Visualizing Road Information
Situationally Appropriate Interaction
When seeking to talk to a co-worker, a person can generally almost instantly tell that "now is a bad time". Unfortunately, current computers and communications devices cannot do this. Instead they act blindly without regard to the situation they are in. This results in technology that annoys (e.g., cell phones ringing in important meetings) and/or is turned off, thus losing much of its potential benefit. To overcome this problem, work done in the Human Computer Interaction Institute at Carnegie Mellon University has sought to find ways to observe users with sensors such as cameras and microphones in order to create estimates of current interruptibility.
This work has collected audio and video recordings -- similar to what one would see standing at the door to an office -- from a number of users over several weeks. At the same time, these users were periodically prompted for self-reports of their current interruptibility. These recordings were then viewed and coded by a person to simulate a wide range of sensors indicating things such as whether someone is talking, how many people are present, is the phone off-hook, is the keyboard or mouse being used, etc. Sophisticated statistical techniques were then used to determine which of these sensors might be predictive of interruptibility. Using machine learning techniques several statistical models which can be driven by those sensors have been created.
The result has been an estimator of human interruptibility which performs significantly better (82.4% vs. 76.9%) than human subjects making judgments from the same audio and video recordings. Further, it has been shown that a very small number of simple sensors -- a microphone, keyboard and mouse activity, and detecting when the phone is off-hook -- can produce estimates equal to that of humans. Finally, it has been shown that these result can be obtained using real sensors with substantial error rates. In particular, these results have been maintained using a real sensor based on processing the original (poor quality) audio recordings, even though this sensor produces 20% error in its own results.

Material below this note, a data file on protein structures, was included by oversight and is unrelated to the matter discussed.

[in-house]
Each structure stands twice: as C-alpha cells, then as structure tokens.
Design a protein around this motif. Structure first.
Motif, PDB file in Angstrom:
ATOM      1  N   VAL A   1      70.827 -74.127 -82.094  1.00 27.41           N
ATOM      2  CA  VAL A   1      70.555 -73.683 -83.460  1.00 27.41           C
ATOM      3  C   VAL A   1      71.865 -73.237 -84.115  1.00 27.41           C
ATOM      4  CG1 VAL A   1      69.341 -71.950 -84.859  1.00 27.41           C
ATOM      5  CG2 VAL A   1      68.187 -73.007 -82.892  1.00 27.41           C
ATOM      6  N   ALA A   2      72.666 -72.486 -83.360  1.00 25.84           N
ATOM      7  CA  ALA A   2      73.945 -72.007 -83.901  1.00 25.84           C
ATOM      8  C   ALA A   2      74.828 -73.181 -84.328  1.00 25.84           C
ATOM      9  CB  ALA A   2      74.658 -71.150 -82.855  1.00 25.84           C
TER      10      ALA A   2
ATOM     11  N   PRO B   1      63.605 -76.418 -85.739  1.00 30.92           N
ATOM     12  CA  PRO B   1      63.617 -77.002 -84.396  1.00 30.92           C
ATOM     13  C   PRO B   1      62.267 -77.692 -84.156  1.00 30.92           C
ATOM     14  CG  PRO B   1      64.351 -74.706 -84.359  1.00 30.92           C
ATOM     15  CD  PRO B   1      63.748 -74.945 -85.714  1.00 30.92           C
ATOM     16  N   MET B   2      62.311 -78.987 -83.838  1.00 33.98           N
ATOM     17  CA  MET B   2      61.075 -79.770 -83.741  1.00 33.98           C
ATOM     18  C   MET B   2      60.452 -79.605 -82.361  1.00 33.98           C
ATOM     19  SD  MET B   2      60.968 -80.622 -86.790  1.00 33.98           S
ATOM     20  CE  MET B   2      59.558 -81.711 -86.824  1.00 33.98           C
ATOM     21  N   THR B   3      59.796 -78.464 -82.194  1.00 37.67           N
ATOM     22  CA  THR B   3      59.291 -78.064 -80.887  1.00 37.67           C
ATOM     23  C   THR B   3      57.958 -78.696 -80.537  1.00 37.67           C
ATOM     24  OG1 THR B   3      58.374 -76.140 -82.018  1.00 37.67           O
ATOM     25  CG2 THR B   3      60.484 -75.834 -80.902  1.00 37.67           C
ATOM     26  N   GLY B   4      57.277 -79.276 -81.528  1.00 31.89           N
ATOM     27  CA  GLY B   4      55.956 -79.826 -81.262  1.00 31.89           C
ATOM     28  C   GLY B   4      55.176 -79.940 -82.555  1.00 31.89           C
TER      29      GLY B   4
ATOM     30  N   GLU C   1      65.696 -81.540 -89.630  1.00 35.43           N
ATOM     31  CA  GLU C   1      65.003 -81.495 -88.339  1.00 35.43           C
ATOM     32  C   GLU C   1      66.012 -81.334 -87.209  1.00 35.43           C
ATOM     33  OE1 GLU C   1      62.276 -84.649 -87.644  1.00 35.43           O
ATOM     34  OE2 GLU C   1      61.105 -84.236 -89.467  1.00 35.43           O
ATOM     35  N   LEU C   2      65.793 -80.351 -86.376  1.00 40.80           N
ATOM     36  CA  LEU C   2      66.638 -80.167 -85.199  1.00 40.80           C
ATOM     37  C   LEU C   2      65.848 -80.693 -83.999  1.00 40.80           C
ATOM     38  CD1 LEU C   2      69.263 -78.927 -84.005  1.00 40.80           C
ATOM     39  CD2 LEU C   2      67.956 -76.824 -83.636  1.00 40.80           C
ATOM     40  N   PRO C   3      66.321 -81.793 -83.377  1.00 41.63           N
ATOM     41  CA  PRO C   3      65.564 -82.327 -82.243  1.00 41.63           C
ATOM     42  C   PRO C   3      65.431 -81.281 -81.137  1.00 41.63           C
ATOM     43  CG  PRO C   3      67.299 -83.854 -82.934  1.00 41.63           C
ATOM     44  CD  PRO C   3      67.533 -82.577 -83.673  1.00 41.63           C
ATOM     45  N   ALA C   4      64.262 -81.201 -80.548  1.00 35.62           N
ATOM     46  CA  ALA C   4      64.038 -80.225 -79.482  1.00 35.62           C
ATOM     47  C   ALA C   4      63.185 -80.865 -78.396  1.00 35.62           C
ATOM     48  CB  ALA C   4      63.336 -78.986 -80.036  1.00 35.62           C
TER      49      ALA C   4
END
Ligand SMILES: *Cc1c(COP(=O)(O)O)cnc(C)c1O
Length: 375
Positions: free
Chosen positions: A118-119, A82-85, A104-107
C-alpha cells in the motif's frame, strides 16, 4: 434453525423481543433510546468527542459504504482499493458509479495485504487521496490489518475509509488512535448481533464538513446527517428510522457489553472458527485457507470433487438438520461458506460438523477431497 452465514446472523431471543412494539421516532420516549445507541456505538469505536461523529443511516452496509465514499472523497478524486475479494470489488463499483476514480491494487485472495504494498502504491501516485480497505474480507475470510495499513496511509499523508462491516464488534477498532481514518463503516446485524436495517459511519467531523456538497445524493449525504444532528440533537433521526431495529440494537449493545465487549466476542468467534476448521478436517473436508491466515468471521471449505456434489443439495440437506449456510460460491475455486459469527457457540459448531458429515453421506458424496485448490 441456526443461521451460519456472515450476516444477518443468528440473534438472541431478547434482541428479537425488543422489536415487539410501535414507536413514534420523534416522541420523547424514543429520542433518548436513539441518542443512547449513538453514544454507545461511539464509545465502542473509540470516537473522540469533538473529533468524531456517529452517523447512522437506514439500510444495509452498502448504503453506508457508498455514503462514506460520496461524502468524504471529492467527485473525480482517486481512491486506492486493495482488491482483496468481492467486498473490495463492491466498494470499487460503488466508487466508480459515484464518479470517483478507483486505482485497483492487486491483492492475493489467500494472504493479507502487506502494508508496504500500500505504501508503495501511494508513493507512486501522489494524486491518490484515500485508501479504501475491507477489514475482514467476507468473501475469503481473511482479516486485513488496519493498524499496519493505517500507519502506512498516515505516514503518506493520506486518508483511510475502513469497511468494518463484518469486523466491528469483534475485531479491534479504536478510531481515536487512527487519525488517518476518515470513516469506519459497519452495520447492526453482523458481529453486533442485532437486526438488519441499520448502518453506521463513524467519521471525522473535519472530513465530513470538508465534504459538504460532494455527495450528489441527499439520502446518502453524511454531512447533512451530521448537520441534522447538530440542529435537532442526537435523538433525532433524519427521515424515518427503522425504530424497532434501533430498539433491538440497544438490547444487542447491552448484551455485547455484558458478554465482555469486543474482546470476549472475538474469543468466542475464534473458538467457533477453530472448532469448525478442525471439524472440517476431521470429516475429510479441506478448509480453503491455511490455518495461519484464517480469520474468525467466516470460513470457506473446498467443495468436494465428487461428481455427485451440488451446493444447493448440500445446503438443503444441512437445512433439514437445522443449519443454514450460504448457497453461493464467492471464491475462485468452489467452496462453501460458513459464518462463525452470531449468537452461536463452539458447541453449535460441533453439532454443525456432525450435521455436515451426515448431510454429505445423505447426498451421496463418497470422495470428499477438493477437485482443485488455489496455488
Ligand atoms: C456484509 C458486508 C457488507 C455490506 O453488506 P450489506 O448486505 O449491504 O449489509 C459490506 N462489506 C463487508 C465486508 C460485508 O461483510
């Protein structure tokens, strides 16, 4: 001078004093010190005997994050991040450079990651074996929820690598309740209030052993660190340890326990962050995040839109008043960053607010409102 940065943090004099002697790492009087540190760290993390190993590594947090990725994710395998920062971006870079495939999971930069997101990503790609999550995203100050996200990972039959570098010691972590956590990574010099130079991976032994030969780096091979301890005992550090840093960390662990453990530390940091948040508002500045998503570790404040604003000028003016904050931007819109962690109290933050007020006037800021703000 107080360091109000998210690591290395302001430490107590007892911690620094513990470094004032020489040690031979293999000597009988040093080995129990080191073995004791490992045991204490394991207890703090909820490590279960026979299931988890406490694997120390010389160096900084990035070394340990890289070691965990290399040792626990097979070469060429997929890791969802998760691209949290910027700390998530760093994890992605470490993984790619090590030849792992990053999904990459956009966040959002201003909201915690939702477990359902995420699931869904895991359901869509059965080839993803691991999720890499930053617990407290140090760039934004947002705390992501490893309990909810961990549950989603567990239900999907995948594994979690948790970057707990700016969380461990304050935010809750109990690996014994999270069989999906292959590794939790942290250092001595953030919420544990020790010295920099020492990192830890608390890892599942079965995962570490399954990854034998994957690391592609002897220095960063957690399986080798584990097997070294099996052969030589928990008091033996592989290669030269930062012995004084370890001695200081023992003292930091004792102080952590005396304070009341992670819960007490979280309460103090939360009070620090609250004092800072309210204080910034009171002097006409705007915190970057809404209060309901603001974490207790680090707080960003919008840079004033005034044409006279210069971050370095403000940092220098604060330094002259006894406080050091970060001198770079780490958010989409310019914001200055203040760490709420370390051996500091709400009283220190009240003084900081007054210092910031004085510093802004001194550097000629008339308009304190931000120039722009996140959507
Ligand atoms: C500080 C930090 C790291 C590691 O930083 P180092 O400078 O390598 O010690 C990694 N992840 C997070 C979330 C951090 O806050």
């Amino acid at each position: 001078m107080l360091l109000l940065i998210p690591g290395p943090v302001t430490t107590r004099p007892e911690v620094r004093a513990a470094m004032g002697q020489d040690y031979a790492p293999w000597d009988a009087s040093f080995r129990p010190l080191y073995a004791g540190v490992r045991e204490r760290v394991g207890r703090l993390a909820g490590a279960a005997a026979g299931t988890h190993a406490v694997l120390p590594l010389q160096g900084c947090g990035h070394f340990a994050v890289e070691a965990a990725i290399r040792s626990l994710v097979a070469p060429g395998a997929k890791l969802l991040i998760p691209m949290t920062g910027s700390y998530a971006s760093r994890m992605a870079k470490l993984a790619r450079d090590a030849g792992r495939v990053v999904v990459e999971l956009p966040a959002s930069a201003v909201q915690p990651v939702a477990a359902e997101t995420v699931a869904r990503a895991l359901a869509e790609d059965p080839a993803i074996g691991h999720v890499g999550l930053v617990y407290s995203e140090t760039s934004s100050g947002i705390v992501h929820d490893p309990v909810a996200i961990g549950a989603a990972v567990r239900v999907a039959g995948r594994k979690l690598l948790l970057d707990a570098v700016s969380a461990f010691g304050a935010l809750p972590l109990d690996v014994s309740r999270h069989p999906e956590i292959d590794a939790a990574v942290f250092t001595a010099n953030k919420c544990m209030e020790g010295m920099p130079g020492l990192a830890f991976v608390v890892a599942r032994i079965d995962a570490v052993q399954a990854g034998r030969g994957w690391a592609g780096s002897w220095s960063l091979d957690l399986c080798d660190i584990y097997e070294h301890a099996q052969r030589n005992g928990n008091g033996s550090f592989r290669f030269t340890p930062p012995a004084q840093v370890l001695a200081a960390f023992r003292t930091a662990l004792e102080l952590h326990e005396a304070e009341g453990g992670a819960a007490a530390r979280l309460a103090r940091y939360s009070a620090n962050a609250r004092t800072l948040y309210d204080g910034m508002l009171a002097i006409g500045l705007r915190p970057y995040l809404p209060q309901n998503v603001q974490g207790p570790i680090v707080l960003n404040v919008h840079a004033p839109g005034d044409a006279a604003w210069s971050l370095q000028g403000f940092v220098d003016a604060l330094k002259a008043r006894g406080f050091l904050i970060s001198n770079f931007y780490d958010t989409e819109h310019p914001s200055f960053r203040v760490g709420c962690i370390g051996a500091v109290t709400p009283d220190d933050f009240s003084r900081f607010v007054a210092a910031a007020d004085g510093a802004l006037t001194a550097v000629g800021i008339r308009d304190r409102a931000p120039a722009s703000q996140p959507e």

This result may lead to systems in a wide range of contexts which begin to exhibit what we might think of as a basic level of politeness -- not simply barging into any situation, but acting appropriately when "now is a bad time". This has the potential to significantly improve how a wide range of information technology interacts with people, and to reduce the effects of information overload.. . Overview | People | Research | Publications | Contact Copyright 2001 Carnegie Mellon University. Last modified March 12, 2003.